David Trigg: Balance is integral to your recent glass sculptures. What inspired you to create such precarious looking works?
Heike Brachlow: I have been working with balance and movement for about six years now. I like the dichotomy between the solidity and weight of cast glass and its lightness and perceived fragility. The idea for this particular work came from a child’s toy, a balancing bird, which I picked up a couple of years ago. I was doing other things at the time but the concept of a body of work based on balancing toys stayed with me and finally came to fruition for this project.
DT: Works such as Equinox I make me feel nervous; it seems so solid yet also incredibly fragile. Is there a danger that the works could fall and break?
HB: Equinox I is actually the ‘safest’ piece in the exhibition. It has a heavy lead weight in the lower part, so you would have to knock it quite hard to dislodge it. I think with this body of work, the sense of precariousness is more perceived than actual – any piece of glass is in danger of falling and breaking if it gets knocked over. With a previous body of work, the Movement series, I initially encouraged visitors to ‘play’ with the work. The pieces consist of a pair of heavy cylinders with conical bases, on which they rotate when set into motion. Unfortunately not every visitor had a good sense of material, and some people thought the objects were made of resin, and therefore safe to knock over; I had some breakages, so I stopped encouraging viewers to touch the work.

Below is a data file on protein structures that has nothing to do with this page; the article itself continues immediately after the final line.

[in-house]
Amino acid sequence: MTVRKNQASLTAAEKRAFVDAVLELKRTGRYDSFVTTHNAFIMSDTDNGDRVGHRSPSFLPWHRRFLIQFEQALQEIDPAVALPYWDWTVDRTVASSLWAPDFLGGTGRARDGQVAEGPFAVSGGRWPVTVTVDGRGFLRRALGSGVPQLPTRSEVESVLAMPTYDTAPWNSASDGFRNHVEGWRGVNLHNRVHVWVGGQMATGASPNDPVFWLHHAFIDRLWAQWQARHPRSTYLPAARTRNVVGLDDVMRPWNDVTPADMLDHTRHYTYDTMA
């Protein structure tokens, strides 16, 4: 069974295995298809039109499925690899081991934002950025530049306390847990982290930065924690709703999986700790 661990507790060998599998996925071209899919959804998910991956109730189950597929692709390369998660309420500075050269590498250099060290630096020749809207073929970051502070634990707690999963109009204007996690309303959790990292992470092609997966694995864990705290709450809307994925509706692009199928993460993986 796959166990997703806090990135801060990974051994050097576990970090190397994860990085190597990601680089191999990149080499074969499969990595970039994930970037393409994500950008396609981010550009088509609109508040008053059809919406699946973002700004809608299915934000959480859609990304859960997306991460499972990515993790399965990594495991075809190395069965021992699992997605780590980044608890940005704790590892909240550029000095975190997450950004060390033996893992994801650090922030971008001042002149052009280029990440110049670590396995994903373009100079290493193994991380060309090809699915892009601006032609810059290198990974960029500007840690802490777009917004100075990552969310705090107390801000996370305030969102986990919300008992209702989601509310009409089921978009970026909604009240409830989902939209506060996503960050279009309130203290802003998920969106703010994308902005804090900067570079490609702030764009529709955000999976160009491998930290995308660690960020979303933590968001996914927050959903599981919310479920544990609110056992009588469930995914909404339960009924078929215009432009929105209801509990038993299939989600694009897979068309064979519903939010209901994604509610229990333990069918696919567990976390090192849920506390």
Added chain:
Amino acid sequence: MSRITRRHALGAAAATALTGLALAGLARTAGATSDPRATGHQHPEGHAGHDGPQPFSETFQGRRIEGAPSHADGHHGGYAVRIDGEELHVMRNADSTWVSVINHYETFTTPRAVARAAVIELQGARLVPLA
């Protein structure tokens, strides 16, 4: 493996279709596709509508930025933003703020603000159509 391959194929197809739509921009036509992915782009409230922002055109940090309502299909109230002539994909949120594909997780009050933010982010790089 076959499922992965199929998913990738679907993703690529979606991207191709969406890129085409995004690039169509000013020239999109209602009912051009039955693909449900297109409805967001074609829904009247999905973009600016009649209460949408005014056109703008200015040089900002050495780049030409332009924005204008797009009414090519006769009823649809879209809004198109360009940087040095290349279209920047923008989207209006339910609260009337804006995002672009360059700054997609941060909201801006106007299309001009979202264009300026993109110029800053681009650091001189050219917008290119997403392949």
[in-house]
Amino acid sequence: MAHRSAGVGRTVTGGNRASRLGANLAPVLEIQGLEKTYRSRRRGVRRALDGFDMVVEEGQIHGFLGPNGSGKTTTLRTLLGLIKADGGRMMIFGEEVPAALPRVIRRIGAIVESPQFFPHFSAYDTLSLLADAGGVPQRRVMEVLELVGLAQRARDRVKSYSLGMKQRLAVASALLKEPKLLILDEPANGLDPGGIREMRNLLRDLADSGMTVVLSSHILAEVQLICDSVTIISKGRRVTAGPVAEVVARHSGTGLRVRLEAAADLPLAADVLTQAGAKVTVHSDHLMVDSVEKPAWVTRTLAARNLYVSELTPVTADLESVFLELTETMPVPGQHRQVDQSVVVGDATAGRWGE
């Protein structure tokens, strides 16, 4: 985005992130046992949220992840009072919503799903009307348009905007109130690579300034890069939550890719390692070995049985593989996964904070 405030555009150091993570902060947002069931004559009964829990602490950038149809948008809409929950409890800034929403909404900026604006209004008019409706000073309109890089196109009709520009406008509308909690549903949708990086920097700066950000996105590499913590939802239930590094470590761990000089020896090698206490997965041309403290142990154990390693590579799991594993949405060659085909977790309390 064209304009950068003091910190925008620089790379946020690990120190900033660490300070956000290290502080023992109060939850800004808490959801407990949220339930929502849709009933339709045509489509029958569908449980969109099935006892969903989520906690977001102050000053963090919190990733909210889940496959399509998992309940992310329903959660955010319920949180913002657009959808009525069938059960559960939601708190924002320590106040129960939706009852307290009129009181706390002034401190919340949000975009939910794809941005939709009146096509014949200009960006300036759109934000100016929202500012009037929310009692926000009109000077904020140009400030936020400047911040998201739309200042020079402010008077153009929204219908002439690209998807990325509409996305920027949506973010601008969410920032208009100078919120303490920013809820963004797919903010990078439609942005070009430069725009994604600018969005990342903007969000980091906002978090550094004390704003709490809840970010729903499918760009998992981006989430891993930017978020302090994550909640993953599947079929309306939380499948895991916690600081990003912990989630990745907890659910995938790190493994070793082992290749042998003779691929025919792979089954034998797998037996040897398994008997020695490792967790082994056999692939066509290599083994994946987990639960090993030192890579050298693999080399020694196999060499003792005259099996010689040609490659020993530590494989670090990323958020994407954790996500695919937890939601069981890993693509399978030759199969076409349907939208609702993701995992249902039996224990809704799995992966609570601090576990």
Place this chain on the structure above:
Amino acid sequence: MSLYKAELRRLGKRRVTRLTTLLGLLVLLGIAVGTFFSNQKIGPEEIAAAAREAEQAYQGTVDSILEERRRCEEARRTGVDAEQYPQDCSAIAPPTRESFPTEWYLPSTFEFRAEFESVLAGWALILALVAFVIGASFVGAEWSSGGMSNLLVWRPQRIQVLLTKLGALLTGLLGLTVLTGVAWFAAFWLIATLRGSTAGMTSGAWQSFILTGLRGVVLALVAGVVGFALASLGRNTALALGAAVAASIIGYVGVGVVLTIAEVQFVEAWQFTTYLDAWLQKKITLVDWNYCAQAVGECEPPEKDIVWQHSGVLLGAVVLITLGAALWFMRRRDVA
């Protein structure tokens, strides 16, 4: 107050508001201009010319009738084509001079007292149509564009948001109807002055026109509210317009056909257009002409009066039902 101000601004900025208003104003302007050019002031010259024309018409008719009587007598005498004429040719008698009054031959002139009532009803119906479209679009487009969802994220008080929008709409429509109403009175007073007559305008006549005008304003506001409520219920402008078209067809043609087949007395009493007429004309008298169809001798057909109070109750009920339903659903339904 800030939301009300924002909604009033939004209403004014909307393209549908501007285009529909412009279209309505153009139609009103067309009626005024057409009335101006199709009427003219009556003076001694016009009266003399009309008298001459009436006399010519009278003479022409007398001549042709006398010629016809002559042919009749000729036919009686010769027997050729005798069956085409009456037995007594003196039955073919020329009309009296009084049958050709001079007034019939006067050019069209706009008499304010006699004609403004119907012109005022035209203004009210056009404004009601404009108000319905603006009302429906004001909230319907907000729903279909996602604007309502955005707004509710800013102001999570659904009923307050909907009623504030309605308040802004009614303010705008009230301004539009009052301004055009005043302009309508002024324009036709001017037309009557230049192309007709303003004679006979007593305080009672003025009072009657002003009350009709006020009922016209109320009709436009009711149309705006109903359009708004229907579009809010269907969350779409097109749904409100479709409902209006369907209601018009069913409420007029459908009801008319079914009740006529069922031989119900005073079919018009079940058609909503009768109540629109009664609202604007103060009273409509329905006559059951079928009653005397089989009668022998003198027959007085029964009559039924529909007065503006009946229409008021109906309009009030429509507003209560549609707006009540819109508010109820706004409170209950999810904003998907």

DT: The fragility of your medium must be a constant challenge, especially when working on this scale. Did you have to overcome any technical difficulties during the production of these new pieces?
HB: Yes, definitely. The forms are quite different to my previous shapes. I tried to cast a larger version of Somewhere, but it failed due to shape-induced stress. I also had to figure out which glue to use for attaching the metal parts, which was difficult, because it had to be a flexible adhesive as glass and metal have completely different rates of expansion. So I spent a lot of time on the phone with adhesive experts. The time frame didn’t help; I only had three and a half months to produce the work for the Jerwood, which didn’t leave much time for experimentation.
DT: How exactly do you cast glass? What does the process involve?